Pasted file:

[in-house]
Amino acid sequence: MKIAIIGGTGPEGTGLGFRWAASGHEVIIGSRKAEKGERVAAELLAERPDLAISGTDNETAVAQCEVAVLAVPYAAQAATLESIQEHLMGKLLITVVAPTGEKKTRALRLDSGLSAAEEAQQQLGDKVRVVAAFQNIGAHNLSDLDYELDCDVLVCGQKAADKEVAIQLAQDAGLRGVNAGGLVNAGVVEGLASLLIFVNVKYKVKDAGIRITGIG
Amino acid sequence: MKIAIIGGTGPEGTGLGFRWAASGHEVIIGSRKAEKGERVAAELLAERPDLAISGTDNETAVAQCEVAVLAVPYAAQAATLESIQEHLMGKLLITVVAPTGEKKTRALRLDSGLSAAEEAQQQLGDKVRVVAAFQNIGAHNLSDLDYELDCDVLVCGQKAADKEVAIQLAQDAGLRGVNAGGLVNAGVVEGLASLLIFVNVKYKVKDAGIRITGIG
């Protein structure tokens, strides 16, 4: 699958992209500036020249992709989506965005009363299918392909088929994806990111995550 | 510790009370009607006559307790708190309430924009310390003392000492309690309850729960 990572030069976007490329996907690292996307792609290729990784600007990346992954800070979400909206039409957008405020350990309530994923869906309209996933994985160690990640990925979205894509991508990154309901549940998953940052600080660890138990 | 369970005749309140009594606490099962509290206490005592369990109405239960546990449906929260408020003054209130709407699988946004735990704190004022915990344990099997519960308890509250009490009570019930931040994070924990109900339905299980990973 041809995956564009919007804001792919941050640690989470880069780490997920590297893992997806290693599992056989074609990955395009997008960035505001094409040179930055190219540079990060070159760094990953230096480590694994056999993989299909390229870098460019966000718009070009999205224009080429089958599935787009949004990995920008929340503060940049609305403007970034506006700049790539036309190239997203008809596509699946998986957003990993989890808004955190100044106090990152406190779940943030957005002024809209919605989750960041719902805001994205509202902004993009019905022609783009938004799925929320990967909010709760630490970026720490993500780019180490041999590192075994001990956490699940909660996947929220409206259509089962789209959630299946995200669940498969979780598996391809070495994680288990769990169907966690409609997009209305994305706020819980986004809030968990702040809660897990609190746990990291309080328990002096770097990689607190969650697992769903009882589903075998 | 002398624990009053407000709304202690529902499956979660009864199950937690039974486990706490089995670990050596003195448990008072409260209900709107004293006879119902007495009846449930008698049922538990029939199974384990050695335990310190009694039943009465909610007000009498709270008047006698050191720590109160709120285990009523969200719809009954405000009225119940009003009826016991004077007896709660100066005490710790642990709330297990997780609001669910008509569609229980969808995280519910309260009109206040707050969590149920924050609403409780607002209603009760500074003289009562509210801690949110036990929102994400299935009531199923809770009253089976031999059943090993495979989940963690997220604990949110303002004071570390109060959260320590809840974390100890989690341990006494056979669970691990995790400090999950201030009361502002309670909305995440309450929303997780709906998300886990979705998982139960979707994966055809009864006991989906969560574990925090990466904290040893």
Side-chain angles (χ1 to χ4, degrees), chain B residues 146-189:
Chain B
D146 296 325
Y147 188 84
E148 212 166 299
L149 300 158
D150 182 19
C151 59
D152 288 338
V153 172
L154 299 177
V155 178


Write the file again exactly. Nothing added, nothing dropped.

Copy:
[in-house]
Amino acid sequence: MKIAIIGGTGPEGTGLGFRWAASGHEVIIGSRKAEKGERVAAELLAERPDLAISGTDNETAVAQCEVAVLAVPYAAQAATLESIQEHLMGKLLITVVAPTGEKKTRALRLDSGLSAAEEAQQQLGDKVRVVAAFQNIGAHNLSDLDYELDCDVLVCGQKAADKEVAIQLAQDAGLRGVNAGGLVNAGVVEGLASLLIFVNVKYKVKDAGIRITGIG
Amino acid sequence: MKIAIIGGTGPEGTGLGFRWAASGHEVIIGSRKAEKGERVAAELLAERPDLAISGTDNETAVAQCEVAVLAVPYAAQAATLESIQEHLMGKLLITVVAPTGEKKTRALRLDSGLSAAEEAQQQLGDKVRVVAAFQNIGAHNLSDLDYELDCDVLVCGQKAADKEVAIQLAQDAGLRGVNAGGLVNAGVVEGLASLLIFVNVKYKVKDAGIRITGIG
């Protein structure tokens, strides 16, 4: 699958992209500036020249992709989506965005009363299918392909088929994806990111995550 | 510790009370009607006559307790708190309430924009310390003392000492309690309850729960 990572030069976007490329996907690292996307792609290729990784600007990346992954800070979400909206039409957008405020350990309530994923869906309209996933994985160690990640990925979205894509991508990154309901549940998953940052600080660890138990 | 369970005749309140009594606490099962509290206490005592369990109405239960546990449906929260408020003054209130709407699988946004735990704190004022915990344990099997519960308890509250009490009570019930931040994070924990109900339905299980990973 041809995956564009919007804001792919941050640690989470880069780490997920590297893992997806290693599992056989074609990955395009997008960035505001094409040179930055190219540079990060070159760094990953230096480590694994056999993989299909390229870098460019966000718009070009999205224009080429089958599935787009949004990995920008929340503060940049609305403007970034506006700049790539036309190239997203008809596509699946998986957003990993989890808004955190100044106090990152406190779940943030957005002024809209919605989750960041719902805001994205509202902004993009019905022609783009938004799925929320990967909010709760630490970026720490993500780019180490041999590192075994001990956490699940909660996947929220409206259509089962789209959630299946995200669940498969979780598996391809070495994680288990769990169907966690409609997009209305994305706020819980986004809030968990702040809660897990609190746990990291309080328990002096770097990689607190969650697992769903009882589903075998 | 002398624990009053407000709304202690529902499956979660009864199950937690039974486990706490089995670990050596003195448990008072409260209900709107004293006879119902007495009846449930008698049922538990029939199974384990050695335990310190009694039943009465909610007000009498709270008047006698050191720590109160709120285990009523969200719809009954405000009225119940009003009826016991004077007896709660100066005490710790642990709330297990997780609001669910008509569609229980969808995280519910309260009109206040707050969590149920924050609403409780607002209603009760500074003289009562509210801690949110036990929102994400299935009531199923809770009253089976031999059943090993495979989940963690997220604990949110303002004071570390109060959260320590809840974390100890989690341990006494056979669970691990995790400090999950201030009361502002309670909305995440309450929303997780709906998300886990979705998982139960979707994966055809009864006991989906969560574990925090990466904290040893």
Side-chain angles (χ1 to χ4, degrees), chain B residues 146-189:
Chain B
D146 296 325
Y147 188 84
E148 212 166 299
L149 300 158
D150 182 19
C151 59
D152 288 338
V153 172
L154 299 177
V155 178